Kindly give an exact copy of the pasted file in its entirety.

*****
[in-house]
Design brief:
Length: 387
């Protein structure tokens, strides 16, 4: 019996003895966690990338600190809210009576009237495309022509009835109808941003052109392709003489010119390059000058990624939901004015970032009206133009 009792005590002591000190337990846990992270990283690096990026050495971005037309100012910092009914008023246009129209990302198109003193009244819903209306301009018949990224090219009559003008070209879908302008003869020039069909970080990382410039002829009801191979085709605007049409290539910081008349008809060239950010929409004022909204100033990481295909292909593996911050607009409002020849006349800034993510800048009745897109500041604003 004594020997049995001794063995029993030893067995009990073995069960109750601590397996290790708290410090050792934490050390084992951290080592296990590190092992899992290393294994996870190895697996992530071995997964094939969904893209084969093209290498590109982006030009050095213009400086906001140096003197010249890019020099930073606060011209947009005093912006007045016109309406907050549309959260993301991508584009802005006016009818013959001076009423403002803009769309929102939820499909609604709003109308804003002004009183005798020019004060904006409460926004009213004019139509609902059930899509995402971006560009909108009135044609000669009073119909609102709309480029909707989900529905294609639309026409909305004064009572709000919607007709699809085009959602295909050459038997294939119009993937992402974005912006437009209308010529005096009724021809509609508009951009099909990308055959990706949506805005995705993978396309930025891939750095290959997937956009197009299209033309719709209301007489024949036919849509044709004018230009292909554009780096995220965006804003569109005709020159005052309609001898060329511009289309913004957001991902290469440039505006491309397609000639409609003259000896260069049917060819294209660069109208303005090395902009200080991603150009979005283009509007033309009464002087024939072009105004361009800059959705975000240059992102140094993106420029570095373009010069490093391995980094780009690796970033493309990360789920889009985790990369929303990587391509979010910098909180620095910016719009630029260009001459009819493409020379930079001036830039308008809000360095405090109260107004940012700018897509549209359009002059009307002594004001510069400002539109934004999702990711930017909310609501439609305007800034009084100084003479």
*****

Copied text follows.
[in-house]
Design brief:
Length: 387
């Protein structure tokens, strides 16, 4: 019996003895966690990338600190809210009576009237495309022509009835109808941003052109392709003489010119390059000058990624939901004015970032009206133009 009792005590002591000190337990846990992270990283690096990026050495971005037309100012910092009914008023246009129209990302198109003193009244819903209306301009018949990224090219009559003008070209879908302008003869020039069909970080990382410039002829009801191979085709605007049409290539910081008349008809060239950010929409004022909204100033990481295909292909593996911050607009409002020849006349800034993510800048009745897109500041604003 004594020997049995001794063995029993030893067995009990073995069960109750601590397996290790708290410090050792934490050390084992951290080592296990590190092992899992290393294994996870190895697996992530071995997964094939969904893209084969093209290498590109982006030009050095213009400086906001140096003197010249890019020099930073606060011209947009005093912006007045016109309406907050549309959260993301991508584009802005006016009818013959001076009423403002803009769309929102939820499909609604709003109308804003002004009183005798020019004060904006409460926004009213004019139509609902059930899509995402971006560009909108009135044609000669009073119909609102709309480029909707989900529905294609639309026409909305004064009572709000919607007709699809085009959602295909050459038997294939119009993937992402974005912006437009209308010529005096009724021809509609508009951009099909990308055959990706949506805005995705993978396309930025891939750095290959997937956009197009299209033309719709209301007489024949036919849509044709004018230009292909554009780096995220965006804003569109005709020159005052309609001898060329511009289309913004957001991902290469440039505006491309397609000639409609003259000896260069049917060819294209660069109208303005090395902009200080991603150009979005283009509007033309009464002087024939072009105004361009800059959705975000240059992102140094993106420029570095373009010069490093391995980094780009690796970033493309990360789920889009985790990369929303990587391509979010910098909180620095910016719009630029260009001459009819493409020379930079001036830039308008809000360095405090109260107004940012700018897509549209359009002059009307002594004001510069400002539109934004999702990711930017909310609501439609305007800034009084100084003479």